The stonking long-shot has been a staple of the Premier League era. There's nothing quite like seeing a professional footballer shrug off the shackles of build-up play, and properly, properly thwack a ball from outside the box.
And, it's even better when it goes in. So, here are the top 14 scorers in Premier League history from outside the box, as provided by Opta.
14. Gianfranco Zola - 20
With the joint-second most goals scored from direct free kicks in Premier League history (12), it's no surprise to see Gianfranco Zola rounding up the 14. Indeed, his first goal for Chelsea was a sumptuously curled free kick. Clearly, he never looked back.
And, though you would associate him with a far more refined artistry than just leathering it, he wasn't beyond a good old fashioned tonk when the opportunity presented itself.
13. Cristiano Ronaldo - 20
It's amazing how one gesture, one mannerism can send memories flooding back. Cristiano Ronaldo's characteristic inhale before every dead-ball strike is one of those very things. Once upon a time it was ubiquitous in the Premier League. Now it's been cast to history.
But, at least we still have 20 such occasions in the bank to revisit, where Ronaldo - be it on a free kick or not - lined it up, composed himself, and belted into the net. A true long-shot legend.
12. Ryan Giggs - 21
Rarely one for a set-piece, given the considerable competition Ryan Giggs had around him throughout his time at Old Trafford, 19 of these strikes were notched from open play, which is quite the achievement.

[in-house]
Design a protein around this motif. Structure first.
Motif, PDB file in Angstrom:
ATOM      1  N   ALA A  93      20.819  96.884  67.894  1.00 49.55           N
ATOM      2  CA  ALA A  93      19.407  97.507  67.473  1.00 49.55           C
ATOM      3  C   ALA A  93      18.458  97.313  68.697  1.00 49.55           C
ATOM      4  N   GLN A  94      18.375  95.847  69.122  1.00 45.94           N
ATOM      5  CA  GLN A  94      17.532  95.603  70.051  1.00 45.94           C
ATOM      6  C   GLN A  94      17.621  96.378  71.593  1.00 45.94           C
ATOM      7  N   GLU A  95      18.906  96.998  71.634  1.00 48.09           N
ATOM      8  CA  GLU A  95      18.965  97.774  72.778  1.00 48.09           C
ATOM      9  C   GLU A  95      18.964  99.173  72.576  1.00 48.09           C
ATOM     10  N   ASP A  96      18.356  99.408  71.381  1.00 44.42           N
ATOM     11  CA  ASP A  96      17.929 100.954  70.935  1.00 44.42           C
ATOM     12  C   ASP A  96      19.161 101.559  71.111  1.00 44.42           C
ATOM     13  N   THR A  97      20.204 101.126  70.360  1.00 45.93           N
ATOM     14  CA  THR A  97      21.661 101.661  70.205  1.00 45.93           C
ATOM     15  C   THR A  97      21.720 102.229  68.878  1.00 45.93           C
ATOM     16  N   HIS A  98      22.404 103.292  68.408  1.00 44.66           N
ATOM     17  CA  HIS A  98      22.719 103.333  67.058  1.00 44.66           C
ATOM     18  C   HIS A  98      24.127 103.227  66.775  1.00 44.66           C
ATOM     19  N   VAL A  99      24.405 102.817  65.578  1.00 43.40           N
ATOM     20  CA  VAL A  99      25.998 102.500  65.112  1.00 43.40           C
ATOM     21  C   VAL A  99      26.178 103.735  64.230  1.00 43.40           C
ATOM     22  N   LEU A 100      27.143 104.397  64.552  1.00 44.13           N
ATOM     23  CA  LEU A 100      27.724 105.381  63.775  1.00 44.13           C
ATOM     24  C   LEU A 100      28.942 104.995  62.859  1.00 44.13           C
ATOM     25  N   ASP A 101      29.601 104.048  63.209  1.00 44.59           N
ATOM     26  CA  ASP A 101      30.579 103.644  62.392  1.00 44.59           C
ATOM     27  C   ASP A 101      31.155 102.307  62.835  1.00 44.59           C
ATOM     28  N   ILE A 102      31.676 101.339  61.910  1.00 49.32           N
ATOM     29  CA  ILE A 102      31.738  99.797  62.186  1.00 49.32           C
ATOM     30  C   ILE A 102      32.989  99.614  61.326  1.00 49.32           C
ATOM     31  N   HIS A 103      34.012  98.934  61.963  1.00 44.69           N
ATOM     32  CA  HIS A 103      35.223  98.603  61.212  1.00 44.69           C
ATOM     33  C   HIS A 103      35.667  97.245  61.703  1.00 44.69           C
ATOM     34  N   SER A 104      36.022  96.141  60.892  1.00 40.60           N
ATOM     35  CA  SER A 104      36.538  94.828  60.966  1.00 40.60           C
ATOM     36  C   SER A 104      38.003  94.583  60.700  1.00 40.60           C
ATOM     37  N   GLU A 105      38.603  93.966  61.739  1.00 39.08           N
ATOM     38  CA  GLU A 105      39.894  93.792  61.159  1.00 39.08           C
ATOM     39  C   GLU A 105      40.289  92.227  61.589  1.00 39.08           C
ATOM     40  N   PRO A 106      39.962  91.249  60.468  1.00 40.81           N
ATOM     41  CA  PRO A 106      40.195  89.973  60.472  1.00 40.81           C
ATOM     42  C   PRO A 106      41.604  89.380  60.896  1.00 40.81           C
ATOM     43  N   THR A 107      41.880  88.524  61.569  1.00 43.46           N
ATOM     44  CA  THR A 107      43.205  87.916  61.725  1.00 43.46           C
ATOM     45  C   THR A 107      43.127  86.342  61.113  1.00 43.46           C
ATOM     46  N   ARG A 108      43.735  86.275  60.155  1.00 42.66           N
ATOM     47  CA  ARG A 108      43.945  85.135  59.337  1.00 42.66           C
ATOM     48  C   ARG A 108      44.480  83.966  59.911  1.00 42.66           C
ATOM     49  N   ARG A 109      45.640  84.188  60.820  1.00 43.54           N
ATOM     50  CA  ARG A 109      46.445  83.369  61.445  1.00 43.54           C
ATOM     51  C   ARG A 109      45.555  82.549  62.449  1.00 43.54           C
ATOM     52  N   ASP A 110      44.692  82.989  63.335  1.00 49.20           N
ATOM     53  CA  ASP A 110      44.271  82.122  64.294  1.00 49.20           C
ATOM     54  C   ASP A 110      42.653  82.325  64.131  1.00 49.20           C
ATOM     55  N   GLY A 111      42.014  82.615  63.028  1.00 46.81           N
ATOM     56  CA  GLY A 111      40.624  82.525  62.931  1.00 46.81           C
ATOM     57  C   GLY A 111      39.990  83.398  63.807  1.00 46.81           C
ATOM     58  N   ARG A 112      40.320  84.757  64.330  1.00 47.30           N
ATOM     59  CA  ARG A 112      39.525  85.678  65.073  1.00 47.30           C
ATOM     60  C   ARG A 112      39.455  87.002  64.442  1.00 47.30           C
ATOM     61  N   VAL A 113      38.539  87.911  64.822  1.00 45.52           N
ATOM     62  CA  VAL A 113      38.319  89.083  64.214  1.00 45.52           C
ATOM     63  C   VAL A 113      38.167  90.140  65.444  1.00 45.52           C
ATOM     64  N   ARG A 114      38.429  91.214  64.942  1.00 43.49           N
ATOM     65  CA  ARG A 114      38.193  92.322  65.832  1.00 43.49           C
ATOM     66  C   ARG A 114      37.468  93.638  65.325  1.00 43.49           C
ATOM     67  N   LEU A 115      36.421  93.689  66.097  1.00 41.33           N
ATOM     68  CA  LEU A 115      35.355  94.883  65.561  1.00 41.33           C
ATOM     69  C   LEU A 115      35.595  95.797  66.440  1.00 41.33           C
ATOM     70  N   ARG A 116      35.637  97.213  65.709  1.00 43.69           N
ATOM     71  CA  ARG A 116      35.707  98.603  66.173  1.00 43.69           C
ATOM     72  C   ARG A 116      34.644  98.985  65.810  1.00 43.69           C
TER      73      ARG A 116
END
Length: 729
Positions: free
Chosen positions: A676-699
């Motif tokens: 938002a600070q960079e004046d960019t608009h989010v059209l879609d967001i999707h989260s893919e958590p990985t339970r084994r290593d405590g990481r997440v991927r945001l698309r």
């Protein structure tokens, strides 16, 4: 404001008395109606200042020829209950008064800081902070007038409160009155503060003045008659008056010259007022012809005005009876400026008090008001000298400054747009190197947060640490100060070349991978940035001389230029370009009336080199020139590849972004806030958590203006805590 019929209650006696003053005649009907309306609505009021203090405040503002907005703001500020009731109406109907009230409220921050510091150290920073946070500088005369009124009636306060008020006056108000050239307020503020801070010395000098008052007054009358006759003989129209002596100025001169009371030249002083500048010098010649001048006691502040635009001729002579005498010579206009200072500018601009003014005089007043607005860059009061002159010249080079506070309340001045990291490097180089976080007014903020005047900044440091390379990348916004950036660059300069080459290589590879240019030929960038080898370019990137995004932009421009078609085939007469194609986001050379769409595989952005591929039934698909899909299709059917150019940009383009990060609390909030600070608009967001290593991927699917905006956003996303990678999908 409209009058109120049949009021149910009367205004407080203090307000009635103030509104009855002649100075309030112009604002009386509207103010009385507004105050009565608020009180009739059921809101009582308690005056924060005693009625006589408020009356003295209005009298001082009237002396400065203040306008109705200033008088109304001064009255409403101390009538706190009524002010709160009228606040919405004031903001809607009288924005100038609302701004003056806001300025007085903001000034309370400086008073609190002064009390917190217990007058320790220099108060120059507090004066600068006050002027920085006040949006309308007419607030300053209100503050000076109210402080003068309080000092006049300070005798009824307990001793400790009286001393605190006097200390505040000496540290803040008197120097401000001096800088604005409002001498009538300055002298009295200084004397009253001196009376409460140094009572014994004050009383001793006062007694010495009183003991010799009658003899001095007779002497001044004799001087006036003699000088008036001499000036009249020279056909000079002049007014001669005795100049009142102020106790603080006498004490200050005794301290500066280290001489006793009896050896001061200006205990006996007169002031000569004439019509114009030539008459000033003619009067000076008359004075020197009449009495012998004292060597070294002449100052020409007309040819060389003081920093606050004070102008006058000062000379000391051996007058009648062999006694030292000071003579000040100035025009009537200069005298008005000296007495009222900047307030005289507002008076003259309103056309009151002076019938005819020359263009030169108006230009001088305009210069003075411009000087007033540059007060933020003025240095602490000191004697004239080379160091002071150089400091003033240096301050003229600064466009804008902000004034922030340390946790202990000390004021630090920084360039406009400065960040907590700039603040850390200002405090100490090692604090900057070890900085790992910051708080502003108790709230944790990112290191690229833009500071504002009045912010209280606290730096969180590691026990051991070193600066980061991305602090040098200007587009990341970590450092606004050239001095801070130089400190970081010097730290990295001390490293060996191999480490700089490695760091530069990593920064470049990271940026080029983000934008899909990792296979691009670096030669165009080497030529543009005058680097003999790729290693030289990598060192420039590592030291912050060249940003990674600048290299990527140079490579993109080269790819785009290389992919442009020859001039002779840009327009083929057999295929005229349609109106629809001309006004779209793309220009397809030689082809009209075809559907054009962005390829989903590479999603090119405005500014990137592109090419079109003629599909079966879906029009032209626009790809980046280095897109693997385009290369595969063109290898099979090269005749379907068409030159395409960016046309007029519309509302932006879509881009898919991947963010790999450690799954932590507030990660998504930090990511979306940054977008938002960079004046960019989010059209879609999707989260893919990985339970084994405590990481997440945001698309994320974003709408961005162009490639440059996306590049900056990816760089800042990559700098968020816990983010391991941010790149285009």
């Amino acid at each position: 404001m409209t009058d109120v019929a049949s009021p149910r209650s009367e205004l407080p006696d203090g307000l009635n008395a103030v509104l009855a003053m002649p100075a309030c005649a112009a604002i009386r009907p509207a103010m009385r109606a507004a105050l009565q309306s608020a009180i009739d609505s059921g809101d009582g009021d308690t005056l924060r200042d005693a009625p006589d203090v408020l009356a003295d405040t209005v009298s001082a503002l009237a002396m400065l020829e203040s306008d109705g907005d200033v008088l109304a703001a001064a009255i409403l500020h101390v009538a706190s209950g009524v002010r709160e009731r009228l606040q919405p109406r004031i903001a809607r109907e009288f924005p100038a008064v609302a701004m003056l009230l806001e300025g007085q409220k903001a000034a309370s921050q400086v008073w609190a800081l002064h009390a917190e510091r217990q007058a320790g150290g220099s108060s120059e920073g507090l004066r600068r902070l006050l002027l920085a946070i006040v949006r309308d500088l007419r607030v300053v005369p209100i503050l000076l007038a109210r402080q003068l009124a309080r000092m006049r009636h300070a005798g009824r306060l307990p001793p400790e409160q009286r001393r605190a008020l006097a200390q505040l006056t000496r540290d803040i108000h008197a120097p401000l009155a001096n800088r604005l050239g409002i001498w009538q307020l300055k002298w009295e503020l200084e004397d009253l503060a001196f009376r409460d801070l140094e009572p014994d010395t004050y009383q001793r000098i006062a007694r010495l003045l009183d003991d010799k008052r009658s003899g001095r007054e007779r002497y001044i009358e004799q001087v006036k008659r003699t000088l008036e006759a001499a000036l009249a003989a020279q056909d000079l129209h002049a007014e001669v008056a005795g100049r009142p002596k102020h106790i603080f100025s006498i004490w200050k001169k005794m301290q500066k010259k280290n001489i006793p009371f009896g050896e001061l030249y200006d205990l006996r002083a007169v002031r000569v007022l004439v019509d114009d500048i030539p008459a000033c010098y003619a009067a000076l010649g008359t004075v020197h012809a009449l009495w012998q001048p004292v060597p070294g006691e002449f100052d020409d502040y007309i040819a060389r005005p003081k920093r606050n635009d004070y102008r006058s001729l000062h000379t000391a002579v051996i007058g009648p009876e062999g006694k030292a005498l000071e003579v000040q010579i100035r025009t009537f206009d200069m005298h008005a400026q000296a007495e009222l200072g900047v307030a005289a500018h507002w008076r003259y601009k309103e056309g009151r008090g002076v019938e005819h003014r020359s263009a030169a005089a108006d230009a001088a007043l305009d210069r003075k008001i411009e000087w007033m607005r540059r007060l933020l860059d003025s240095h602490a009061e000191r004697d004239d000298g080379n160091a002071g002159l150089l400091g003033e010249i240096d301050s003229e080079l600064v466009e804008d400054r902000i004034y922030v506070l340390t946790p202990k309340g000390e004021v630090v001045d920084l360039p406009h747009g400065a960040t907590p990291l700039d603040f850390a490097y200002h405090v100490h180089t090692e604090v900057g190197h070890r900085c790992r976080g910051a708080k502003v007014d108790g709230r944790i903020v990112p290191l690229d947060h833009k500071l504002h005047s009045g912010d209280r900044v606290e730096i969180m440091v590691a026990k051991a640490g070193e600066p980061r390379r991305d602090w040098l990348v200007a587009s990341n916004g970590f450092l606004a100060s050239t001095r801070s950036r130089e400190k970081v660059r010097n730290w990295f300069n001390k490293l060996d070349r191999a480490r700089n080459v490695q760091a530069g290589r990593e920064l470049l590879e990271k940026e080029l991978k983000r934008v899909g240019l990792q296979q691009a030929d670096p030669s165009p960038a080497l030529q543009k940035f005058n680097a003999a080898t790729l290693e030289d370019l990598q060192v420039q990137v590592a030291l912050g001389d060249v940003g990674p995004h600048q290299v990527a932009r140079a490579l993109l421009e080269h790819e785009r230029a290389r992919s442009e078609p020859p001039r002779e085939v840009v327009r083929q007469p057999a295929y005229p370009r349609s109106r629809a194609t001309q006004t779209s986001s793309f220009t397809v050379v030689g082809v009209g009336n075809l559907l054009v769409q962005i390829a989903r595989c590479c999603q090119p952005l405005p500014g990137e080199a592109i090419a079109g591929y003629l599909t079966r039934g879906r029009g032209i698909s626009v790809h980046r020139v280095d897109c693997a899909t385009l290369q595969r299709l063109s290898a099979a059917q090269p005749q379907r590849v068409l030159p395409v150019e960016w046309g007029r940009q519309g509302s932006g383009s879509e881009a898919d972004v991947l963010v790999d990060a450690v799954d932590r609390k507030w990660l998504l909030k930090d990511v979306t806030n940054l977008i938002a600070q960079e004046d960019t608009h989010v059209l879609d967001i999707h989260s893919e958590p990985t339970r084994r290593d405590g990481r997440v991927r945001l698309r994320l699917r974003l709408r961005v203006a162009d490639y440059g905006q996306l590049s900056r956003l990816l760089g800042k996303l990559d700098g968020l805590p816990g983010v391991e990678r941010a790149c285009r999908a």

Clearly, Giggs was not affected by onrushing defenders, and could successfully compose himself no matter the time or space. Maybe it was all the yoga.
11. Robbie Fowler - 22
A consummate finisher, some fans may associate Robbie Fowler more with a poaching finish than a long range one. But they would be mistaken, because the Englishman loved to hit balls really, really hard from a long way away. It was one of his favourite things, truly.
10. Jermain Defoe - 22
Akin to Fowler, Jermain Defoe may not immediately strike you as a long range shooter.
But then you recall that wonderful solo effort against West Ham, and that cleanest of volleys against Newcastle - which still gives you goosebumps, unless you're a Magpie - and it makes complete and utter sense.
9. Paul Scholes - 22
If you don't know what Paul Scholes is celebrating here, then I don't want to know you. It is of course that most infamous of volleys against Aston Villa in 2006, when Scholes cracked it from 25+ yards into the net, via the underside of the crossbar - for maximum effect.
And, that effort was not in isolation. Scholesy could hit them alright. And he did, frequently.
8. Matt Le Tissier - 28
Has there even been a better player in the Premier League at setting himself up for volleys? It's certainly hard to think of anyone right now capable who could challenge Matt Le Tissier in that category. But it wasn't just the self-made volleys that Le Tissier produced from outside of the box.